So I wrote the current “Running Scared” lyrics and showed them to Nelson. And I promptly threw them out on the basis of… they sucked.
Then I wrote some other lyrics on another concept which sucked, and showed them to Nelson. Nelson’s response? “Um, I’m pretty sure you were done with this song last time.”
On and on I battled, insistent that I could do better. But Nelson was right. The song was done. And once a song is done, what else can you really do? Bloodied and exhausted, I came crawling back to the lyrics now known as “Running Scared.”
How should I describe our approach to actually recording the vocals? As a kid, I think I remember seeing a movie on TV in which a guy accidentally pees on his pants a little while going to the bathroom. In order to hide it, he covers all of his clothes in water, so that the wet spot on his pants doesn’t stand out. I think that pretty much sums up the recording of “Running Scared.” In order to cover up the slight sloppiness and looseness with which the song was written, the only solution was to turn the recording into total chaos. Nelson shouts out random lyrics behind the third verse and behind my final guitar solo. The crash ending has a couple gratuitous “heys” after the song is over. In the middle of my first guitar solo, I beg for extra time to continue soloing: “Wait, I got one more.”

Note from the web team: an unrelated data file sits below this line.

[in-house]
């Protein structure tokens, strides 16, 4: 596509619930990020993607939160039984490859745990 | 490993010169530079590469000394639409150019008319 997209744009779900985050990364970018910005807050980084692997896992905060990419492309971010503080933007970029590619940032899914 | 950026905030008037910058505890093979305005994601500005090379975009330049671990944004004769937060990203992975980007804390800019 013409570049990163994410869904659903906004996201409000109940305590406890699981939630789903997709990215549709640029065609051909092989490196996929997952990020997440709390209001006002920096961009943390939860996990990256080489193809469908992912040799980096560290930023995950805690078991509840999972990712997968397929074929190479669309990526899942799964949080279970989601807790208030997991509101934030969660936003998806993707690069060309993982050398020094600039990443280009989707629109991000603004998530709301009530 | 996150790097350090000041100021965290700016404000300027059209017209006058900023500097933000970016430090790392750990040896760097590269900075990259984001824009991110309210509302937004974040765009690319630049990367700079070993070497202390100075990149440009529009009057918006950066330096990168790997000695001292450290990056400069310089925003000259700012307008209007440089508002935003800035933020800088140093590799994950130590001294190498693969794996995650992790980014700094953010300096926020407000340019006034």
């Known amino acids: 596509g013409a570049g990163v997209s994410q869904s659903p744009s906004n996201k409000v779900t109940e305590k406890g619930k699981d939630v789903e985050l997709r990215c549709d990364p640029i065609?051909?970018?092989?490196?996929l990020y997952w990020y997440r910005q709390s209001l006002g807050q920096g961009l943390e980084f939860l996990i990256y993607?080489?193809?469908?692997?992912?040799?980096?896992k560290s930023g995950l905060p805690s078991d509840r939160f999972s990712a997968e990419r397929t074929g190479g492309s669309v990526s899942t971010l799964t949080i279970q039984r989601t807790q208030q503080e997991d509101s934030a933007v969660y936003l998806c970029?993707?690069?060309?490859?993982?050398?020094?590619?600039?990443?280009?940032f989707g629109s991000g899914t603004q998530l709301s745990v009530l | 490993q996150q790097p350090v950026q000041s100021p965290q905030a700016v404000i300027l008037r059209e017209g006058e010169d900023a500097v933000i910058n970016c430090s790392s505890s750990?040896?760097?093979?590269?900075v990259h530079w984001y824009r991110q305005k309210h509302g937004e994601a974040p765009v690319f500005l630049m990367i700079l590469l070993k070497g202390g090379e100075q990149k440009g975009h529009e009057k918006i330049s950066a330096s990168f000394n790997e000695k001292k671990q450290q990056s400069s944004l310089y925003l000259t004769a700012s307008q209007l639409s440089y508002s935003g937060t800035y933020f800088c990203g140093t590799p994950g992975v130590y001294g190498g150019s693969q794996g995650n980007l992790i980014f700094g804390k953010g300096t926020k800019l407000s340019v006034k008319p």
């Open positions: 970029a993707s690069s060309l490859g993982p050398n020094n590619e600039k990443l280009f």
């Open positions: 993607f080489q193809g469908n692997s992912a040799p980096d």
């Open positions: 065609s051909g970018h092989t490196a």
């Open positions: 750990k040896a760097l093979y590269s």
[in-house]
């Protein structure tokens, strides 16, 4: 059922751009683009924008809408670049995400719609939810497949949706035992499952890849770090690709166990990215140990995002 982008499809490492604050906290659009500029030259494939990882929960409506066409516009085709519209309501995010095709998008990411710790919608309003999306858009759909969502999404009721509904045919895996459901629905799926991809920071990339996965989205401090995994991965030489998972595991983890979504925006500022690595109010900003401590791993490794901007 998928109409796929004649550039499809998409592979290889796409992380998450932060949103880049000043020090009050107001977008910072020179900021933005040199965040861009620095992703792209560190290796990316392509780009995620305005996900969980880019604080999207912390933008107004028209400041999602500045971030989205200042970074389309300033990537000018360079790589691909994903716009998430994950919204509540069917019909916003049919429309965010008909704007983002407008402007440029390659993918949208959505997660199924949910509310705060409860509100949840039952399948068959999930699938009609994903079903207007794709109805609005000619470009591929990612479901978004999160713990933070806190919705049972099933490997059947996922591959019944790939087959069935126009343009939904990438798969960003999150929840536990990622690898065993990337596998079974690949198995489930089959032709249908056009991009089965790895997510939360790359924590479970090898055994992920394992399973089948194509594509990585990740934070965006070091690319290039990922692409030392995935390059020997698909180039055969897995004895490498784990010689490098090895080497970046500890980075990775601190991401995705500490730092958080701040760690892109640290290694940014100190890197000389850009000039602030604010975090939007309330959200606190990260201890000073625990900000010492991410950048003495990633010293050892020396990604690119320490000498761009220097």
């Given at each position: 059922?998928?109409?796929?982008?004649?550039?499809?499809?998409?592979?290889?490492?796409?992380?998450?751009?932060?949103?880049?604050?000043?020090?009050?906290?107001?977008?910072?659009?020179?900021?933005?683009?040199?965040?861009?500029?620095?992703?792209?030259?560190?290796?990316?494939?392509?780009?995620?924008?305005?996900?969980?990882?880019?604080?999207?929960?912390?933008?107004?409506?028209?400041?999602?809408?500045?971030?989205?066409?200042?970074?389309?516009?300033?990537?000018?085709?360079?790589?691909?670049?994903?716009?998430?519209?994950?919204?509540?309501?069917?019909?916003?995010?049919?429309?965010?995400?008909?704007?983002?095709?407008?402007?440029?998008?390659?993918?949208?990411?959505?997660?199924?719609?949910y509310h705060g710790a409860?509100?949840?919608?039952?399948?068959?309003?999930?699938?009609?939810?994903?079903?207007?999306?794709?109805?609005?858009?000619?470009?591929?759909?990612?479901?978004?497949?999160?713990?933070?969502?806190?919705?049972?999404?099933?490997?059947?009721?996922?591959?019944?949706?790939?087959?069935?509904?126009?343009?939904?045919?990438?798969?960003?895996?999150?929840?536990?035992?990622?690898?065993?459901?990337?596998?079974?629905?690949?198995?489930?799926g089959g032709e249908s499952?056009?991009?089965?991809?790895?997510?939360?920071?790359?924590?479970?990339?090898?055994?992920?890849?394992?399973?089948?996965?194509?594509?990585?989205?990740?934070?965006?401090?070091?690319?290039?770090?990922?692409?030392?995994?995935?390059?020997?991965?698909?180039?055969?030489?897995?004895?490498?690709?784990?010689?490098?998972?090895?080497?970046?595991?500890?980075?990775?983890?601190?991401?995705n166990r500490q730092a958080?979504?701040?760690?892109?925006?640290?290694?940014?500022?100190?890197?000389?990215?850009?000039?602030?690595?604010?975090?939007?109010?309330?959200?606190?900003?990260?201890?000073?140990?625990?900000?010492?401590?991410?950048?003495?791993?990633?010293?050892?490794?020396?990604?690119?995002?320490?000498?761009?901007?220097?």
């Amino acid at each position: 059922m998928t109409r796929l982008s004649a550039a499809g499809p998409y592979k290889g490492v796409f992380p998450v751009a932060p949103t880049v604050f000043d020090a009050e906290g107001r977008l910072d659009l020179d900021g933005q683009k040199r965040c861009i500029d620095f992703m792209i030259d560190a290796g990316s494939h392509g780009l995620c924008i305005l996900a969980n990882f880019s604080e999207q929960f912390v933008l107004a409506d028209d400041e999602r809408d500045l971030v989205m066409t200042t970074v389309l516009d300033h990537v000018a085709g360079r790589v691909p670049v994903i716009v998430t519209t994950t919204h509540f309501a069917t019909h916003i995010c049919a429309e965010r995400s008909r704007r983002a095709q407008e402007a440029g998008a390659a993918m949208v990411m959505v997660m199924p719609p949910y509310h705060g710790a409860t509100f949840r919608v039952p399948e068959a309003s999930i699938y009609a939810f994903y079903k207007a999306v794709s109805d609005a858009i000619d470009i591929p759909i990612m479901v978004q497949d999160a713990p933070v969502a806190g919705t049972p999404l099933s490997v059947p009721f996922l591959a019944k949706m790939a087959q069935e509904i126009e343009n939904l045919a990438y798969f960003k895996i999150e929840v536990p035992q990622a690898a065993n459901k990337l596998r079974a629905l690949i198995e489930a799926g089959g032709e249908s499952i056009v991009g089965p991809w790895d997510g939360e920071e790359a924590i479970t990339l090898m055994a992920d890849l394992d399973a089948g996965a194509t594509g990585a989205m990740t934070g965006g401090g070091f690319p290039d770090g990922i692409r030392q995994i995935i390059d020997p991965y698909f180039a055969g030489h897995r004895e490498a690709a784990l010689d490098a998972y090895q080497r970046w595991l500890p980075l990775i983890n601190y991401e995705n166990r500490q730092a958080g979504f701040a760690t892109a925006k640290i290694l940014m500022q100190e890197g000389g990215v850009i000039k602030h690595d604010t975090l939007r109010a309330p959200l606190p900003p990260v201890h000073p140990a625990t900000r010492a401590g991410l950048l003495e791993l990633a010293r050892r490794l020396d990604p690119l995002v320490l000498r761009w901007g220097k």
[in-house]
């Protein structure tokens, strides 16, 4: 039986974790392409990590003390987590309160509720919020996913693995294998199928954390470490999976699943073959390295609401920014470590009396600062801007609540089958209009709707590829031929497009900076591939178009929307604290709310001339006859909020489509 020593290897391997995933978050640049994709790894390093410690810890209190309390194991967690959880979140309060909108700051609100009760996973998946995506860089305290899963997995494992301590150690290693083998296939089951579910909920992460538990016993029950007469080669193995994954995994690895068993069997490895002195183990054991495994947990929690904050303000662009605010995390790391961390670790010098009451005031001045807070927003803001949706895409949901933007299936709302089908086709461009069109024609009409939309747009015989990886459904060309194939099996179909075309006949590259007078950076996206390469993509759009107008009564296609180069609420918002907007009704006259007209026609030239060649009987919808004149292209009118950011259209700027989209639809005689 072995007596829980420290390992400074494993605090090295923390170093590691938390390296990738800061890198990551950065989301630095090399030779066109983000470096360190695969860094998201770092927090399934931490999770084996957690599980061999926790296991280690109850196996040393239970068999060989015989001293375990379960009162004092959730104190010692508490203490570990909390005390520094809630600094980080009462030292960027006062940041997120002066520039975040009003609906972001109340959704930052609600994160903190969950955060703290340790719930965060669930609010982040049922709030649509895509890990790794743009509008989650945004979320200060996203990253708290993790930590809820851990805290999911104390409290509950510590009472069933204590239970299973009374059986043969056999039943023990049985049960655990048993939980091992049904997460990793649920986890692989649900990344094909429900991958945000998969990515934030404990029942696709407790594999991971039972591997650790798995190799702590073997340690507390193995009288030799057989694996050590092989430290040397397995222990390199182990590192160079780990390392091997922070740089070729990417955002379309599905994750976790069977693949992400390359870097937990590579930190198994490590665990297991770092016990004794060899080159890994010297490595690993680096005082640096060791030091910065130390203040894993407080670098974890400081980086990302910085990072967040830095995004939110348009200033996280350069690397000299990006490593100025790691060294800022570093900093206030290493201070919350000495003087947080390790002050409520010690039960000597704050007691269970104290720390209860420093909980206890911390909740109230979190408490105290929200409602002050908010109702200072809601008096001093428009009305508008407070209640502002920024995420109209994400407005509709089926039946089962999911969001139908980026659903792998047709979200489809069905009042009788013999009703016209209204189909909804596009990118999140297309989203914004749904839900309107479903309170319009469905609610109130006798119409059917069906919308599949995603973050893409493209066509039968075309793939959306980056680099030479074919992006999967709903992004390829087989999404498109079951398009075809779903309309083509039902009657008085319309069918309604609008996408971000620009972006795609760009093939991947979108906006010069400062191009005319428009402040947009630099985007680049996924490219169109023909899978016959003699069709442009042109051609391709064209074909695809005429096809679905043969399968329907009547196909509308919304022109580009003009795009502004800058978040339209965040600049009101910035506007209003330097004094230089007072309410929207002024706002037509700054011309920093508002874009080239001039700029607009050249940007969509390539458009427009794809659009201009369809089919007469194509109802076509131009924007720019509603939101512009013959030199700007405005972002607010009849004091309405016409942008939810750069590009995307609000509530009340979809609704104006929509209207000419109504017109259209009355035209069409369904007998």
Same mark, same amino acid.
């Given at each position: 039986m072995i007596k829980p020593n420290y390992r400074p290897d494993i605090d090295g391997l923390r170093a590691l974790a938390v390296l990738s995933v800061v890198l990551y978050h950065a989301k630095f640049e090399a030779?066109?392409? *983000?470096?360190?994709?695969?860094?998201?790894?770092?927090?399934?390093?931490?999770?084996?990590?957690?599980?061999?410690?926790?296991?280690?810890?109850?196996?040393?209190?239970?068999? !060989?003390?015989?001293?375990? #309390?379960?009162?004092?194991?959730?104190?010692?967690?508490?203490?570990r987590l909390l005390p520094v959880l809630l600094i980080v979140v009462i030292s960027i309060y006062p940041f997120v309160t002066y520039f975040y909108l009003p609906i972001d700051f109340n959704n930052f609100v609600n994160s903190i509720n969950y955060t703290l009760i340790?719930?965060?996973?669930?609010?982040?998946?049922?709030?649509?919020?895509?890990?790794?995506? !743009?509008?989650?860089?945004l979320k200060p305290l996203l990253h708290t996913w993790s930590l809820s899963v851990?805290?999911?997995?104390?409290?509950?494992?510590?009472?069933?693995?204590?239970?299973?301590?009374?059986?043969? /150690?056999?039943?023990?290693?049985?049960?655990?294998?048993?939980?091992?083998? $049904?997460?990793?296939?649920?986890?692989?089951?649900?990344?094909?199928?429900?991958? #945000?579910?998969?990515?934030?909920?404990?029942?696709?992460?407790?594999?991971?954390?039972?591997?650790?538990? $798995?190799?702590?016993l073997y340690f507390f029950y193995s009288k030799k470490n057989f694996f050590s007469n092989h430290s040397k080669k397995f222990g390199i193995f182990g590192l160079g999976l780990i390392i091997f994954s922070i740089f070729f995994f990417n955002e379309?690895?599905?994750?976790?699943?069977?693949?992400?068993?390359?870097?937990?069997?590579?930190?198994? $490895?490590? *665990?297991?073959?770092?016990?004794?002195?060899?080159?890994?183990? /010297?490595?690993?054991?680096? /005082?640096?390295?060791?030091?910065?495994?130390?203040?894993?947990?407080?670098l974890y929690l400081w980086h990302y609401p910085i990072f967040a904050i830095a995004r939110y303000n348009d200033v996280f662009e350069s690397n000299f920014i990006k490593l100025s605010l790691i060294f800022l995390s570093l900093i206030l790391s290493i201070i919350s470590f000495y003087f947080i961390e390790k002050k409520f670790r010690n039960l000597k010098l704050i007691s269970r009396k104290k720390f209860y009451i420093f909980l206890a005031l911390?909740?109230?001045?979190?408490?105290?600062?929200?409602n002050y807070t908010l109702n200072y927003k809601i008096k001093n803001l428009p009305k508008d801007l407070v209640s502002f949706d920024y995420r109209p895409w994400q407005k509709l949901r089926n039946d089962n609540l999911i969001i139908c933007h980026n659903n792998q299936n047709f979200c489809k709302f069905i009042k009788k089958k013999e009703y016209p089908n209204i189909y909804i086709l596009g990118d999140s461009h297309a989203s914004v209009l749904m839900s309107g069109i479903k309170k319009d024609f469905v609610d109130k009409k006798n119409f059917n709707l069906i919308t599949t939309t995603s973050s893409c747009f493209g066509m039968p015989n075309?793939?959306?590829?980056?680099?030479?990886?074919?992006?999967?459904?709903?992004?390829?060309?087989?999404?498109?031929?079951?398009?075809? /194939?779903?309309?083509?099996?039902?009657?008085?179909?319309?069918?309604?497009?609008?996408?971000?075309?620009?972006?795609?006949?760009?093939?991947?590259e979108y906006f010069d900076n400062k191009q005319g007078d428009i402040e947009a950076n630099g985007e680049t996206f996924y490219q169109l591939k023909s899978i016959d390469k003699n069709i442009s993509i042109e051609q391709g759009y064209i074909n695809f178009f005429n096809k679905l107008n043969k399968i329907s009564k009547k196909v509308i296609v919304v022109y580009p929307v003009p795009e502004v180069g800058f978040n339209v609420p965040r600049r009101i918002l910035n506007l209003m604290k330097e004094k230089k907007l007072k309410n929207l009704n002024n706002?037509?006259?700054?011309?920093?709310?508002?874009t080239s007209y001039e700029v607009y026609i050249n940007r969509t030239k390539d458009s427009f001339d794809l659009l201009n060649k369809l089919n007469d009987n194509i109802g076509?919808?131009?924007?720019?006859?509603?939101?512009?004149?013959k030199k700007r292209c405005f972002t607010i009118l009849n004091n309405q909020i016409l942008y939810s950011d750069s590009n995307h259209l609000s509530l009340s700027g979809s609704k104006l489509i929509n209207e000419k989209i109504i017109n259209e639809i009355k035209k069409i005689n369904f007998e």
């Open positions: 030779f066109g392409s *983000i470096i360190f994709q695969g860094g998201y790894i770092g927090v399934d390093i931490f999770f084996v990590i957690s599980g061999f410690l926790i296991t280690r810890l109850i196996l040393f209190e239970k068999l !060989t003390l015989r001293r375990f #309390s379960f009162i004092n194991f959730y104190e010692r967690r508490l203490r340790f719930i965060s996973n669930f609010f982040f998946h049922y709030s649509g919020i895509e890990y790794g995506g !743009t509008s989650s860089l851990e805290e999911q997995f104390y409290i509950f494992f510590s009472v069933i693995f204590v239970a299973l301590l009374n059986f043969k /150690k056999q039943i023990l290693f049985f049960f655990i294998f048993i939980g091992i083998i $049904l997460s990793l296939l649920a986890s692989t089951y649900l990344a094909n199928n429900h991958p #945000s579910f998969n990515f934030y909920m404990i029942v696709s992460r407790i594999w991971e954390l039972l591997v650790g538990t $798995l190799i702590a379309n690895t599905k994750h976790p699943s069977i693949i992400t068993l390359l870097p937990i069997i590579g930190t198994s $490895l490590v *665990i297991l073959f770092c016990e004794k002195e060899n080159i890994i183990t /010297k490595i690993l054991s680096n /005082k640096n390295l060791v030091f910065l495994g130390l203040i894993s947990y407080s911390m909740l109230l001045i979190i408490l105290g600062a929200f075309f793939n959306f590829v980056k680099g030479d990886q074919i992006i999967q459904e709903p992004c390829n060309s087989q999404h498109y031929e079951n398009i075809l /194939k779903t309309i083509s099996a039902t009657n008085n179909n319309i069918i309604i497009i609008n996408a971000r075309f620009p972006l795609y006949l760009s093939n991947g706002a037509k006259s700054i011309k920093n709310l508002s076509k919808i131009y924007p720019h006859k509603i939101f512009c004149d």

This last one caused my high school music teacher, Jamie Egan, to laugh uncontrollably when I showed it to him. I think that was the desired effect. In all honesty though, I stole that one from Stevie Wonder’s interjection of “Can I play!?” in the middle of his “Boogie On Reggae Woman” harmonica solo. It also seems like the sort of thing Buddy Guy or other performers might say in the middle of a solo.
And that’s “Running Scared.” How did we get here? What happened to my easy, simple, Stones song, and why did it turn into the finger-tangling, vocal chord-tearing, most technically challenging guitar song on the whole album? The idea of this song was never to make things harder for me. Things were supposed to get simpler. But why don’t you try playing the verse guitar riff and singing the song at the same time? Yeah, I thought so. Welcome to my nightmare. More self-analysis of our songs to come over the next few weeks…